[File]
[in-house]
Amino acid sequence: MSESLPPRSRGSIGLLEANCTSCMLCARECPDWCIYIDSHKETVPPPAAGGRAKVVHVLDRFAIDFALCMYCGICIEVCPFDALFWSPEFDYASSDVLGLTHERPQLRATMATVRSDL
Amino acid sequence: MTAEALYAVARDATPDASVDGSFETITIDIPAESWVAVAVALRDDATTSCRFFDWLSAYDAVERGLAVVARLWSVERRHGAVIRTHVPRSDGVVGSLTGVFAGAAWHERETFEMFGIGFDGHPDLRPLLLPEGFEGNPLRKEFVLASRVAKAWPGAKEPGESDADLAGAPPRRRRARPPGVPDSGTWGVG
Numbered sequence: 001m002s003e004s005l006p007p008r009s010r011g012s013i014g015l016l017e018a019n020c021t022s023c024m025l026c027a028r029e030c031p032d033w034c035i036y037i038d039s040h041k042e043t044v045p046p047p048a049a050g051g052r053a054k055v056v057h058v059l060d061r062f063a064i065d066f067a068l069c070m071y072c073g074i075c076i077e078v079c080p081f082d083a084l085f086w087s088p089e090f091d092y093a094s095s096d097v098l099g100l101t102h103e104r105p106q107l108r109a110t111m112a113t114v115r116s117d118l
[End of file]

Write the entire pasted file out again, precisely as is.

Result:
[in-house]
Amino acid sequence: MSESLPPRSRGSIGLLEANCTSCMLCARECPDWCIYIDSHKETVPPPAAGGRAKVVHVLDRFAIDFALCMYCGICIEVCPFDALFWSPEFDYASSDVLGLTHERPQLRATMATVRSDL
Amino acid sequence: MTAEALYAVARDATPDASVDGSFETITIDIPAESWVAVAVALRDDATTSCRFFDWLSAYDAVERGLAVVARLWSVERRHGAVIRTHVPRSDGVVGSLTGVFAGAAWHERETFEMFGIGFDGHPDLRPLLLPEGFEGNPLRKEFVLASRVAKAWPGAKEPGESDADLAGAPPRRRRARPPGVPDSGTWGVG
Numbered sequence: 001m002s003e004s005l006p007p008r009s010r011g012s013i014g015l016l017e018a019n020c021t022s023c024m025l026c027a028r029e030c031p032d033w034c035i036y037i038d039s040h041k042e043t044v045p046p047p048a049a050g051g052r053a054k055v056v057h058v059l060d061r062f063a064i065d066f067a068l069c070m071y072c073g074i075c076i077e078v079c080p081f082d083a084l085f086w087s088p089e090f091d092y093a094s095s096d097v098l099g100l101t102h103e104r105p106q107l108r109a110t111m112a113t114v115r116s117d118l